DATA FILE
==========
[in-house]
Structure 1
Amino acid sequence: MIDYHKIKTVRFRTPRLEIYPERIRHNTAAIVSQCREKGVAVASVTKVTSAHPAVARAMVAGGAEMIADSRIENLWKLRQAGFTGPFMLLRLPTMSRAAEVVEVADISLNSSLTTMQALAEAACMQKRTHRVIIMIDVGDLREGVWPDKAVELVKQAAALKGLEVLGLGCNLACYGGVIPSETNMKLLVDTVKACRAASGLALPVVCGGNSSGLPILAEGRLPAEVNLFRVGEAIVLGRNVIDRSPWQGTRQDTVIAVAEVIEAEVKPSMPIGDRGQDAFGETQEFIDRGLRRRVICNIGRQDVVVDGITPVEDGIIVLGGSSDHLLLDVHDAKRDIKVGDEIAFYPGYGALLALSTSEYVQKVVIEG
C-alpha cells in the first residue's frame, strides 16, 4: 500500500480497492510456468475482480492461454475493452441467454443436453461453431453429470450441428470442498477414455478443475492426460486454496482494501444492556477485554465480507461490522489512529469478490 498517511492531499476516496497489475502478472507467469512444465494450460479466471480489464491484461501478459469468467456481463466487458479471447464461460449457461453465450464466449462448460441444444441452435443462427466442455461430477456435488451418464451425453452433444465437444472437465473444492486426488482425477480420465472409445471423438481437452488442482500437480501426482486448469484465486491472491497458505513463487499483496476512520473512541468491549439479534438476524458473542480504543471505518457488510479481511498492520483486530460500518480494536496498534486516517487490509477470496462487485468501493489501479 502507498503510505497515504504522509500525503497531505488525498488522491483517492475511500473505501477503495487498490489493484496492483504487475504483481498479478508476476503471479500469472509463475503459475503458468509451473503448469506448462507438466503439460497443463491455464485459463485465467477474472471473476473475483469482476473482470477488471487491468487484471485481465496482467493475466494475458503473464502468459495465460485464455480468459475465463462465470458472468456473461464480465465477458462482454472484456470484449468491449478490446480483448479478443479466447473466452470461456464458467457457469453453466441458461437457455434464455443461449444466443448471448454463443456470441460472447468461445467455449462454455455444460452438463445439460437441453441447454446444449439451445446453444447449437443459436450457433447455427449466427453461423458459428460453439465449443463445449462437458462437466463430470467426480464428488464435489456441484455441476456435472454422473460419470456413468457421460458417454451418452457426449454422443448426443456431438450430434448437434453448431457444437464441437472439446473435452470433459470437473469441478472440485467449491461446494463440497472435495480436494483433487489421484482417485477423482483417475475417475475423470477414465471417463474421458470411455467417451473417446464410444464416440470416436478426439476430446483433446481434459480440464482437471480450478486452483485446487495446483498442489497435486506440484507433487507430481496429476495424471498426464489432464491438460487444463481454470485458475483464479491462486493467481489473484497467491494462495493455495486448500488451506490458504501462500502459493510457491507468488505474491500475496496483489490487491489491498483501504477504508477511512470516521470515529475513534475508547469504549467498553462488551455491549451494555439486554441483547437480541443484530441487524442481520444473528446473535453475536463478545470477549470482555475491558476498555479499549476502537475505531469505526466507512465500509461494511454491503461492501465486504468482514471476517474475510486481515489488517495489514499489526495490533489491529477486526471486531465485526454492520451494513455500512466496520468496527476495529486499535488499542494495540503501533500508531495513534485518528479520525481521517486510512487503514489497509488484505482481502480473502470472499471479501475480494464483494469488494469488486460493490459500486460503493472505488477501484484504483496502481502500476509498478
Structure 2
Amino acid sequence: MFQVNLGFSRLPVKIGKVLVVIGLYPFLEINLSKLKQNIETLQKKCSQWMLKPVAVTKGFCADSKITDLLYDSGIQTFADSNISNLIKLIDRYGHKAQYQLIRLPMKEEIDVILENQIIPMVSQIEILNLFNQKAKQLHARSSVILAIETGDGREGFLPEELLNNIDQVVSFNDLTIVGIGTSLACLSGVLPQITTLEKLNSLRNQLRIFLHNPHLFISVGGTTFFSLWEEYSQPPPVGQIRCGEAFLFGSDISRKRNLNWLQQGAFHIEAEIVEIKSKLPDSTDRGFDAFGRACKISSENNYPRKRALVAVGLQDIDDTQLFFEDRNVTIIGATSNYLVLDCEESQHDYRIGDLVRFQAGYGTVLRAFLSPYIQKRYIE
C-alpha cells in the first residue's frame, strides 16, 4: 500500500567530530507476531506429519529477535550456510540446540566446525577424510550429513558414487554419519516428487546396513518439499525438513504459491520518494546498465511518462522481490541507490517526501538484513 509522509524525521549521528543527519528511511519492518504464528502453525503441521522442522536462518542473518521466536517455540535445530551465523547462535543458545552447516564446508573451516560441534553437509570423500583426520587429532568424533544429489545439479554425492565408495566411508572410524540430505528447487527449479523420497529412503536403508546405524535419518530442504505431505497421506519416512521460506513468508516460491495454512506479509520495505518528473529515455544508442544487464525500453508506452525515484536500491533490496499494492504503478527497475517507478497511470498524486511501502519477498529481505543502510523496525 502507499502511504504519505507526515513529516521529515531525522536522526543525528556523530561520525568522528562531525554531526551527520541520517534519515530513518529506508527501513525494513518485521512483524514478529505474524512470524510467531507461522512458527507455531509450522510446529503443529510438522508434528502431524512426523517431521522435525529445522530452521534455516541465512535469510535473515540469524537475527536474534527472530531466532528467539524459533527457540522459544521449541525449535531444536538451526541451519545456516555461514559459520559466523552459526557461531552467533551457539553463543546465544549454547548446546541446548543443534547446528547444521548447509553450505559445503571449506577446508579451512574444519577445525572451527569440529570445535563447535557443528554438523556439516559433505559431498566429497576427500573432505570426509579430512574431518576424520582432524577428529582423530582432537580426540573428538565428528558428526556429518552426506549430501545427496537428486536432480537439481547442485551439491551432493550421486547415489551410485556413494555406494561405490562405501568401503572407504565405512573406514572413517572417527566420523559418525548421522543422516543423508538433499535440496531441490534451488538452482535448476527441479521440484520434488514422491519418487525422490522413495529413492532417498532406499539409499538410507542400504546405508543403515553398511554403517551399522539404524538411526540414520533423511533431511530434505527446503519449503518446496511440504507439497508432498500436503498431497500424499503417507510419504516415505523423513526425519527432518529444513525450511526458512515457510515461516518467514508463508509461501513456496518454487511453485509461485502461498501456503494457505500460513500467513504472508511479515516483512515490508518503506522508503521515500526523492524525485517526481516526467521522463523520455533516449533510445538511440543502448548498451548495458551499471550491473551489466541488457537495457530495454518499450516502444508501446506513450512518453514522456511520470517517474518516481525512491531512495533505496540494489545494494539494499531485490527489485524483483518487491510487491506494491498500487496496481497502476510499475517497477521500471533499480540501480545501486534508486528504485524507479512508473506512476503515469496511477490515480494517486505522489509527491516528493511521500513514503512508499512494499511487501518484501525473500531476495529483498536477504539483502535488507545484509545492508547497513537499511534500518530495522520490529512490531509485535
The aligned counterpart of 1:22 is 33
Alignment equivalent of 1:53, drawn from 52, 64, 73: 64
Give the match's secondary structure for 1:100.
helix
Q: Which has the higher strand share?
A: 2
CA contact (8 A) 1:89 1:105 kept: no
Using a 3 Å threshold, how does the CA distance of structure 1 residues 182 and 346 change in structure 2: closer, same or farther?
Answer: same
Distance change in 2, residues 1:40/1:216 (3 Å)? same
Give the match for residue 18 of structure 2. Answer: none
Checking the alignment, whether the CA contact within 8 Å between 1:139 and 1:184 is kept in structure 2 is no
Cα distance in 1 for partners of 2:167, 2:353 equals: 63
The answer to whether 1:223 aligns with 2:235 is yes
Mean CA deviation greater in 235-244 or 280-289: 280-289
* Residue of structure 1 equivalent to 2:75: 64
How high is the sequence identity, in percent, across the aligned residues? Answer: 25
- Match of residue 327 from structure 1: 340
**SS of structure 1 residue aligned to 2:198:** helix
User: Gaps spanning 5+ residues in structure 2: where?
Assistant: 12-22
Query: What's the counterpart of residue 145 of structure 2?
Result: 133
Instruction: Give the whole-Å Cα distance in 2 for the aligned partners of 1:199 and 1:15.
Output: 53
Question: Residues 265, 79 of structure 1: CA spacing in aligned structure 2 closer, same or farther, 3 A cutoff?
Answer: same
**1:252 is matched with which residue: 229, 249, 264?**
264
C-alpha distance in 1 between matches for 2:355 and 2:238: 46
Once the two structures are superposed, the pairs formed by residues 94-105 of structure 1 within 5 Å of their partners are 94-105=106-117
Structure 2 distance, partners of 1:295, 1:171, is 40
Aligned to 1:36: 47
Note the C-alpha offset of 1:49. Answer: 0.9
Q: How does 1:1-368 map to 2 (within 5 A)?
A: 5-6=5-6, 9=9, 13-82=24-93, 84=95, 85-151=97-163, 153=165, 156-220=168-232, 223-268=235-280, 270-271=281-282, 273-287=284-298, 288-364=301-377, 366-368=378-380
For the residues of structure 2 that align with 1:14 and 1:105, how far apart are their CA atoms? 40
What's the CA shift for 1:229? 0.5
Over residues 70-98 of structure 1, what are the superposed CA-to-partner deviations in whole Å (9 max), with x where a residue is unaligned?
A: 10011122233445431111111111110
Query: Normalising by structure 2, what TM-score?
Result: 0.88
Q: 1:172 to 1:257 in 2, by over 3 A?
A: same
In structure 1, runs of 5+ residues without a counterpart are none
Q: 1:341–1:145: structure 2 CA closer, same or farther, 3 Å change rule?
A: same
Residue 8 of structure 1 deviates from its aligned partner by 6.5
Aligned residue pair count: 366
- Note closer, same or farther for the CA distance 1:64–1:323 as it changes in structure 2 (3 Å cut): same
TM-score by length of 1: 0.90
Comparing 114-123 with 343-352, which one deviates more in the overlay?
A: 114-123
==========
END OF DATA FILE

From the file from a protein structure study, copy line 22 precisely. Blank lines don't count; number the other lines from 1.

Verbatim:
Mean CA deviation greater in 235-244 or 280-289: 280-289